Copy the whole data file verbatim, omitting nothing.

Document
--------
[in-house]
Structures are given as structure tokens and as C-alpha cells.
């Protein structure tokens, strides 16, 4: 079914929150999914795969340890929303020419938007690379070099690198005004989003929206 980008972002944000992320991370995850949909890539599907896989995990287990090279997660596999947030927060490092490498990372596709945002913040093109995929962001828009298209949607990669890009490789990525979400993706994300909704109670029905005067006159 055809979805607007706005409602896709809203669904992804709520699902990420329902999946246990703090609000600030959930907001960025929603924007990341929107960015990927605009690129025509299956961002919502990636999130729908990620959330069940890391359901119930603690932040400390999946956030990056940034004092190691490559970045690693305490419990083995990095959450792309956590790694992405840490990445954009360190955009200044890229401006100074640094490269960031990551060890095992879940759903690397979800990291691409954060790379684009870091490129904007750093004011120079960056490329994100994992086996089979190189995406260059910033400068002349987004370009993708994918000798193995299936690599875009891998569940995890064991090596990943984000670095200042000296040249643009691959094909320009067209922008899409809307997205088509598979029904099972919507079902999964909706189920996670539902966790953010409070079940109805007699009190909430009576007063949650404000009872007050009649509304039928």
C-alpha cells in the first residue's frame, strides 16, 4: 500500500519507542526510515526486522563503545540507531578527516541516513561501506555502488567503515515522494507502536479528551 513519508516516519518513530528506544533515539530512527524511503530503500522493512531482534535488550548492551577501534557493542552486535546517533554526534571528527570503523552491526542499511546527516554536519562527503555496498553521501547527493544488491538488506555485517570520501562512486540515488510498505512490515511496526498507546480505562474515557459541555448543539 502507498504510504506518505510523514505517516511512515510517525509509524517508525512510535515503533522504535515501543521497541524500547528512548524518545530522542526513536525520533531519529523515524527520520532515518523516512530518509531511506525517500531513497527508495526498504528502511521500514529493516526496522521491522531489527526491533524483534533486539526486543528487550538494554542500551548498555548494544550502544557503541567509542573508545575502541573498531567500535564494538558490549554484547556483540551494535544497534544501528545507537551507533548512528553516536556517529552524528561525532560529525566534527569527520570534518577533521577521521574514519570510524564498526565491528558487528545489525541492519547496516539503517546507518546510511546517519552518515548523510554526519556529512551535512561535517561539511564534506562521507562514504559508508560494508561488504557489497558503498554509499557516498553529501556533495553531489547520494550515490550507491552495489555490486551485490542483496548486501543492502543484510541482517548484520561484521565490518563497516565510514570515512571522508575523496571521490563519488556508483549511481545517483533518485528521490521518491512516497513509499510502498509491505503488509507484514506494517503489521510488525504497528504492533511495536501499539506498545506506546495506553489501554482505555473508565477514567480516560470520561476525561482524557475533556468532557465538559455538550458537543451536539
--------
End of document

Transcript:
[in-house]
Structures are given as structure tokens and as C-alpha cells.
């Protein structure tokens, strides 16, 4: 079914929150999914795969340890929303020419938007690379070099690198005004989003929206 980008972002944000992320991370995850949909890539599907896989995990287990090279997660596999947030927060490092490498990372596709945002913040093109995929962001828009298209949607990669890009490789990525979400993706994300909704109670029905005067006159 055809979805607007706005409602896709809203669904992804709520699902990420329902999946246990703090609000600030959930907001960025929603924007990341929107960015990927605009690129025509299956961002919502990636999130729908990620959330069940890391359901119930603690932040400390999946956030990056940034004092190691490559970045690693305490419990083995990095959450792309956590790694992405840490990445954009360190955009200044890229401006100074640094490269960031990551060890095992879940759903690397979800990291691409954060790379684009870091490129904007750093004011120079960056490329994100994992086996089979190189995406260059910033400068002349987004370009993708994918000798193995299936690599875009891998569940995890064991090596990943984000670095200042000296040249643009691959094909320009067209922008899409809307997205088509598979029904099972919507079902999964909706189920996670539902966790953010409070079940109805007699009190909430009576007063949650404000009872007050009649509304039928």
C-alpha cells in the first residue's frame, strides 16, 4: 500500500519507542526510515526486522563503545540507531578527516541516513561501506555502488567503515515522494507502536479528551 513519508516516519518513530528506544533515539530512527524511503530503500522493512531482534535488550548492551577501534557493542552486535546517533554526534571528527570503523552491526542499511546527516554536519562527503555496498553521501547527493544488491538488506555485517570520501562512486540515488510498505512490515511496526498507546480505562474515557459541555448543539 502507498504510504506518505510523514505517516511512515510517525509509524517508525512510535515503533522504535515501543521497541524500547528512548524518545530522542526513536525520533531519529523515524527520520532515518523516512530518509531511506525517500531513497527508495526498504528502511521500514529493516526496522521491522531489527526491533524483534533486539526486543528487550538494554542500551548498555548494544550502544557503541567509542573508545575502541573498531567500535564494538558490549554484547556483540551494535544497534544501528545507537551507533548512528553516536556517529552524528561525532560529525566534527569527520570534518577533521577521521574514519570510524564498526565491528558487528545489525541492519547496516539503517546507518546510511546517519552518515548523510554526519556529512551535512561535517561539511564534506562521507562514504559508508560494508561488504557489497558503498554509499557516498553529501556533495553531489547520494550515490550507491552495489555490486551485490542483496548486501543492502543484510541482517548484520561484521565490518563497516565510514570515512571522508575523496571521490563519488556508483549511481545517483533518485528521490521518491512516497513509499510502498509491505503488509507484514506494517503489521510488525504497528504492533511495536501499539506498545506506546495506553489501554482505555473508565477514567480516560470520561476525561482524557475533556468532557465538559455538550458537543451536539